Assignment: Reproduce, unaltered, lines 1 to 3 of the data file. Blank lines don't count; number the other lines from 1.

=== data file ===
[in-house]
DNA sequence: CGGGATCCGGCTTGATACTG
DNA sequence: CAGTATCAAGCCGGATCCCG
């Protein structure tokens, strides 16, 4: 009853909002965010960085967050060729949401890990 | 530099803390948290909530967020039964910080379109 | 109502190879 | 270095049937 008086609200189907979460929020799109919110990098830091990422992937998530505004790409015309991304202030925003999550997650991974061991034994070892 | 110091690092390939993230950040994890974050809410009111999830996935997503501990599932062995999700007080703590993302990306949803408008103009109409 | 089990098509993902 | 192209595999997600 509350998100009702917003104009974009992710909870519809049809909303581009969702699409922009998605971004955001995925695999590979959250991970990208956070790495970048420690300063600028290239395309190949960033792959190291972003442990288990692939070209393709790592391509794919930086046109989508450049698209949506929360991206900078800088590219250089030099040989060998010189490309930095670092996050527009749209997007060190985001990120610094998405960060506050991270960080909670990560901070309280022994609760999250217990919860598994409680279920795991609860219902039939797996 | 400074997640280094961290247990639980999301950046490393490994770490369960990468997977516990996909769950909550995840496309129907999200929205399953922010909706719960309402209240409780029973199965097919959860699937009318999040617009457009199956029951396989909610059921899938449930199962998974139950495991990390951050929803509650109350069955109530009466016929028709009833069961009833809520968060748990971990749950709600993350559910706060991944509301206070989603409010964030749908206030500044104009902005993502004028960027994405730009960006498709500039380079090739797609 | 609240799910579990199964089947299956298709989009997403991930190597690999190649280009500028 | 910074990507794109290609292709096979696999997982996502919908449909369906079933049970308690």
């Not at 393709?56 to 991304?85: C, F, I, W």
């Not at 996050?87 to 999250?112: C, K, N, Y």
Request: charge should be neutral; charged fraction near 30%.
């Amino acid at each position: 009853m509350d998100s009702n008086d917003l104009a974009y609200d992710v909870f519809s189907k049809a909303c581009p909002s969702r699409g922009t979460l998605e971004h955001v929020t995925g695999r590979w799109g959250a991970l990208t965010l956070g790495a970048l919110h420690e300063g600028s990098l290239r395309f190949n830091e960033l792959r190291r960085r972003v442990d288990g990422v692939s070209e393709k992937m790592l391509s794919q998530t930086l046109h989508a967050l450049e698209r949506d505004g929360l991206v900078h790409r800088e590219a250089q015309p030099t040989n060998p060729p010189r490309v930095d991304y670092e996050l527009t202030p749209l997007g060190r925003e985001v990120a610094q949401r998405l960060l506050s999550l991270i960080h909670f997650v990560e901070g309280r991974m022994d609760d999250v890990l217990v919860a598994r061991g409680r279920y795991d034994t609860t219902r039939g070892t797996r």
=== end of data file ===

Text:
[in-house]
DNA sequence: CGGGATCCGGCTTGATACTG
DNA sequence: CAGTATCAAGCCGGATCCCG